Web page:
Community Voices Important in Wind Siting

Approximately 100 residents from Cortland, Hallam and surrounding communities met at the Cortland Community Center in January to discuss the proposed development of a wind farm in the area and other related issues at a Wind Information Forum hosted by the Center for Rural Affairs and Lancaster County Farmers Union.

Replacing aging and increasingly inefficient coal plants is one of the most pressing issues in addressing the impacts of climate change for our small towns, farms, and ranches. In the Midwest and Great Plains, retiring coal plants and investing in wind development is a promising and viable option for low-cost energy. It reduces carbon pollution and the dangerous health impacts of coal.

Residents living near coal plants worry about soil and water contamination. They also live with the undeniable health impacts of asthma and increased rates of certain cancers and other respiratory illness.

As we move away from coal and toward wind, concerns arise on how wind turbines will be sited. Though the health and environmental impacts of wind are far less than those of coal, residents have every right to be involved in the process.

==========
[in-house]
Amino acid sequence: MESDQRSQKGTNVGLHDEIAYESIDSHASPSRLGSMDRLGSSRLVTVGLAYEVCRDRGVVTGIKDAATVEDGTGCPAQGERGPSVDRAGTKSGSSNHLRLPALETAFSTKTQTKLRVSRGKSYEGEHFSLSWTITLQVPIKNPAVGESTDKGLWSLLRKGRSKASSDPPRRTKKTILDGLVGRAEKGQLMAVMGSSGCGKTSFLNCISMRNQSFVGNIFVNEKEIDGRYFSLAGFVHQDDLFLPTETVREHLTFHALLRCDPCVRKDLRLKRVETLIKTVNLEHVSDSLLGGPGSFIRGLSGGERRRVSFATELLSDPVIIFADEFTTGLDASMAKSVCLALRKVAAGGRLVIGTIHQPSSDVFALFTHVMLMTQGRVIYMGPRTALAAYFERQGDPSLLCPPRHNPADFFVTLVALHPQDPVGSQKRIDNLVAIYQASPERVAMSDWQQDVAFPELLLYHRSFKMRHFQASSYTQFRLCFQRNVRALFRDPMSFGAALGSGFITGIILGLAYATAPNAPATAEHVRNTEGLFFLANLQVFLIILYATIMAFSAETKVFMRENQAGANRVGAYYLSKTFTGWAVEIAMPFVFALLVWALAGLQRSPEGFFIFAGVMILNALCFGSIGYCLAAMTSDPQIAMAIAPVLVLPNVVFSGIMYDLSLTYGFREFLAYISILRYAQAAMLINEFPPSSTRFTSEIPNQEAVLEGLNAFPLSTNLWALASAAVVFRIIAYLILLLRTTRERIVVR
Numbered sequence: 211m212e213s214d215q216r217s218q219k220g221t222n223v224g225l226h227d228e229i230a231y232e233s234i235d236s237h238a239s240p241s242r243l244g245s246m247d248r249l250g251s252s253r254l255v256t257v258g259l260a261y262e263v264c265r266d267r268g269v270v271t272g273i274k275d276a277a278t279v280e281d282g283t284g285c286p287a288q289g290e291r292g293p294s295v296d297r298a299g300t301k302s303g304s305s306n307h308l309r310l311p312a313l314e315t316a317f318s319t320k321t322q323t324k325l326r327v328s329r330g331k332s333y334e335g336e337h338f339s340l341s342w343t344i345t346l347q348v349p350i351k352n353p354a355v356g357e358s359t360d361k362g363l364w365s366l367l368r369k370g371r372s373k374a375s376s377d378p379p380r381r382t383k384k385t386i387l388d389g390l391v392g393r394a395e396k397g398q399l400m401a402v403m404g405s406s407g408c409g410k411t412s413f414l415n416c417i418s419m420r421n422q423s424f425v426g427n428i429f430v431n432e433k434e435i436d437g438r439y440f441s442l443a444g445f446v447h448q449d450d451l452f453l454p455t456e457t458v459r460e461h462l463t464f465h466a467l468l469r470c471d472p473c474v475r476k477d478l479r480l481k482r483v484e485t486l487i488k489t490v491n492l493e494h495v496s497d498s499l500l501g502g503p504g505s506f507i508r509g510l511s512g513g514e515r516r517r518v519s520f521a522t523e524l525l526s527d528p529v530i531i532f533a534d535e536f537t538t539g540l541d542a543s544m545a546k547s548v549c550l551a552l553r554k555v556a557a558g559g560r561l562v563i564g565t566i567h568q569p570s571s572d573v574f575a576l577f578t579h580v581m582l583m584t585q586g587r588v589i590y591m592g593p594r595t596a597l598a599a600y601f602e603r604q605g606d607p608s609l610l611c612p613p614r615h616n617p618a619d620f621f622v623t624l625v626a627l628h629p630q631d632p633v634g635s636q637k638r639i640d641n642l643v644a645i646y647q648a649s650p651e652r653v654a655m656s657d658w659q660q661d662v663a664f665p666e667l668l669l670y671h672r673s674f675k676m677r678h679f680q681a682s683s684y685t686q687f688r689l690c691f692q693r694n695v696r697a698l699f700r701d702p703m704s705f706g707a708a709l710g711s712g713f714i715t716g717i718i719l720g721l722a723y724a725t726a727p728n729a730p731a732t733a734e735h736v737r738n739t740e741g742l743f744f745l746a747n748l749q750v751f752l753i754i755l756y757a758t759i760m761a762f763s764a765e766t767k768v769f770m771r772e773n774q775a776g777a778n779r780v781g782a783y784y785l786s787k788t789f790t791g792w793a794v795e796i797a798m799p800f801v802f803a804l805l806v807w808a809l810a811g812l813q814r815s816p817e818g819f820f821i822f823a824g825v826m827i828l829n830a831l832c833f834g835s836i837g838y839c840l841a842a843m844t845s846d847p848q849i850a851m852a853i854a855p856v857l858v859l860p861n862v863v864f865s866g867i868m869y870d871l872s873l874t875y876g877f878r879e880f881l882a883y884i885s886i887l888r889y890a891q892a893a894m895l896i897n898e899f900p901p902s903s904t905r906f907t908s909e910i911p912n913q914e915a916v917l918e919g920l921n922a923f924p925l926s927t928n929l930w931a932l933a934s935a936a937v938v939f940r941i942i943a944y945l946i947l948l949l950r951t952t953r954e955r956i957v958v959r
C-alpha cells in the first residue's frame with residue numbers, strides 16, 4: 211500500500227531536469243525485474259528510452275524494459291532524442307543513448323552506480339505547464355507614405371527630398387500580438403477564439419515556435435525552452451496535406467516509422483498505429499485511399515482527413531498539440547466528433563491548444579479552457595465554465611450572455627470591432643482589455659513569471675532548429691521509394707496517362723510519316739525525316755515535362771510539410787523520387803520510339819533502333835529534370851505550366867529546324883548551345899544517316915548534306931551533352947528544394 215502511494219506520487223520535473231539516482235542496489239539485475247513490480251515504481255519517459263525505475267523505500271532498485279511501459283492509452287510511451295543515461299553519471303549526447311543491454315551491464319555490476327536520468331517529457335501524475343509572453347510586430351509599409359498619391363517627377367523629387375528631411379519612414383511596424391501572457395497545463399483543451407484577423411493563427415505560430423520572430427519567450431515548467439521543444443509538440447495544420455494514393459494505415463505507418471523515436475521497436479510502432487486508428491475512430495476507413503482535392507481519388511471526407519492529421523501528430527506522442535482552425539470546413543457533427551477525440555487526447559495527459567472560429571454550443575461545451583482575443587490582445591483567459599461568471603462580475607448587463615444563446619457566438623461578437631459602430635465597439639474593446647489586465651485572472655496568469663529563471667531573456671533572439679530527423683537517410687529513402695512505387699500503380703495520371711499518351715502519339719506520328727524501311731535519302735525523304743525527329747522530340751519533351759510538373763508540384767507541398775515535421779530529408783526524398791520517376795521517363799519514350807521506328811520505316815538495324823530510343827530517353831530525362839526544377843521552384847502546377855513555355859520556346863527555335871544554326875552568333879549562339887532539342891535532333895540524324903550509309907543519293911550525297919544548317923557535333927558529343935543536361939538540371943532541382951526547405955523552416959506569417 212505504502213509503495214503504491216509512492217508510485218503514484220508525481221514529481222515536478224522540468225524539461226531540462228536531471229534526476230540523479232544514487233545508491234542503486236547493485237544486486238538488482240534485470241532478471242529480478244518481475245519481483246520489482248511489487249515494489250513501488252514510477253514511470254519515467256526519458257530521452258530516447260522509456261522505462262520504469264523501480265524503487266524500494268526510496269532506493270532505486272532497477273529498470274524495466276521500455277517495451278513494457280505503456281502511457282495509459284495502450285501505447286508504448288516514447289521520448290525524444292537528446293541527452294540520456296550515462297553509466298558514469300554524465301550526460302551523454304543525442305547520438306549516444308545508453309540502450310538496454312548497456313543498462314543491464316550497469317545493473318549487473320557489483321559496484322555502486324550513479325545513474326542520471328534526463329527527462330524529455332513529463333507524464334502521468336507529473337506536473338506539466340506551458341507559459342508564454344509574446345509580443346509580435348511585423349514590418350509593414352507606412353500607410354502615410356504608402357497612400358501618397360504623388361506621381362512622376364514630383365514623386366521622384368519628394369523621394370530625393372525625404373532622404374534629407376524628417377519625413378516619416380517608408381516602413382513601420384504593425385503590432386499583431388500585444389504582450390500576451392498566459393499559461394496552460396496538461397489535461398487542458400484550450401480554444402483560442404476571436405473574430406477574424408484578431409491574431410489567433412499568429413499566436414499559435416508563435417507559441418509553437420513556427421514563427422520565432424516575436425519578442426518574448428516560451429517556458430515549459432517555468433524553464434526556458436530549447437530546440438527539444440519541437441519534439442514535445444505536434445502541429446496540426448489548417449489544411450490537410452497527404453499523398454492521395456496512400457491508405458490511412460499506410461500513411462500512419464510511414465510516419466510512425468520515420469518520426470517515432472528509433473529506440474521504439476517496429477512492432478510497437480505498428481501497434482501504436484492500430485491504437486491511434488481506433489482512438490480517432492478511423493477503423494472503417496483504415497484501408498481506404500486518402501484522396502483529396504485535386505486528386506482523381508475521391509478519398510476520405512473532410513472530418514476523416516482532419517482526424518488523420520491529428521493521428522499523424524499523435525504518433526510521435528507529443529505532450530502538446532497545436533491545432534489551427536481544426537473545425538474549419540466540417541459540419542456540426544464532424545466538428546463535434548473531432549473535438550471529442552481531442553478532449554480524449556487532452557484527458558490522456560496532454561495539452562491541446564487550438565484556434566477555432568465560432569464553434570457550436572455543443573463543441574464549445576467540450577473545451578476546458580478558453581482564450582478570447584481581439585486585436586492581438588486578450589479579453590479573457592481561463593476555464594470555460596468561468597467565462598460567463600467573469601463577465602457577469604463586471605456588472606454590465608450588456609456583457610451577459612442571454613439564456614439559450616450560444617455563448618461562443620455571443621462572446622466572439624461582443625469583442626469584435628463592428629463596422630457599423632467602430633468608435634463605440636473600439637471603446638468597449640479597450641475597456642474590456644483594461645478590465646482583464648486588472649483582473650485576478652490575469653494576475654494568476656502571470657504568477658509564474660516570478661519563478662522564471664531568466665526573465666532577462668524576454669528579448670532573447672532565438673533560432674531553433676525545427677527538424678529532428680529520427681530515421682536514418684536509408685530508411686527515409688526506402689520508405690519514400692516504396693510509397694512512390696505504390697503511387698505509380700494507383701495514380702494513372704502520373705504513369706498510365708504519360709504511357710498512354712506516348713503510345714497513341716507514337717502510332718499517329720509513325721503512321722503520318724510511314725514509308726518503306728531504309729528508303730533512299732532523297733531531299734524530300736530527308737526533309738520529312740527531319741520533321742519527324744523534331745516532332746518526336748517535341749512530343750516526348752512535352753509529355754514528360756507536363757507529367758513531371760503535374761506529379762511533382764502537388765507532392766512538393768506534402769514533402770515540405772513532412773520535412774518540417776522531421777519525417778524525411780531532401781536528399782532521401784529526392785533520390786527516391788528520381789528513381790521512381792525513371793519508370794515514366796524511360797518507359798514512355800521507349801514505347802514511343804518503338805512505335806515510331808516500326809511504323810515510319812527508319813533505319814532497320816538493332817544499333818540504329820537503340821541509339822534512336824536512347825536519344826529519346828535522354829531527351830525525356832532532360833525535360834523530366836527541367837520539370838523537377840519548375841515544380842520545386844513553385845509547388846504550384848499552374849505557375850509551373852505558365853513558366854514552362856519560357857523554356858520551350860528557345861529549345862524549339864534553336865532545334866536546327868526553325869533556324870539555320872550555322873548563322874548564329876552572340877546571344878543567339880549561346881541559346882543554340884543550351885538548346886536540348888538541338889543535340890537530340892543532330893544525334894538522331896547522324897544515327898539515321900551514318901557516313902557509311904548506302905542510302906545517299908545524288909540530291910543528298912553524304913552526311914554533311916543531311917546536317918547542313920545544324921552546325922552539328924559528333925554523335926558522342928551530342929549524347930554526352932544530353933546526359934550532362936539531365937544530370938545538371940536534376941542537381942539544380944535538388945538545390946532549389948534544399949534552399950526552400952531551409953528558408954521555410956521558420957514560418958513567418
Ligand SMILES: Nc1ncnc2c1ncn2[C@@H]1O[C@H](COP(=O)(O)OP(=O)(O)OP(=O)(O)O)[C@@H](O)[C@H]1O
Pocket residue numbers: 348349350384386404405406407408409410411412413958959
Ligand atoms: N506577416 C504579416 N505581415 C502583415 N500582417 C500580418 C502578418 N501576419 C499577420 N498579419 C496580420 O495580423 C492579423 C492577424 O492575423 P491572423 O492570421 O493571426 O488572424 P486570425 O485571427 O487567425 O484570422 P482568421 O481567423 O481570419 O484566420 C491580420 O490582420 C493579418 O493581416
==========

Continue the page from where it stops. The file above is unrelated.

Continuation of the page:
Wind farm and turbine siting concerns range from potential impacts on property values to the effect turbines could have on local wildlife. Wind energy generation may have its own health effects for certain sensitive people. These are not yet well known.

There is no cookie-cutter solution for siting new wind turbines. Local communities and landowners have to get involved and ask questions, getting at the details most important to them.

Wind development can bring enormous benefits to rural areas. To succeed, projects must be sited in a way that works for the entire community. Public engagement is a crucial step in planning for a clean and affordable energy future that benefits all of our communities.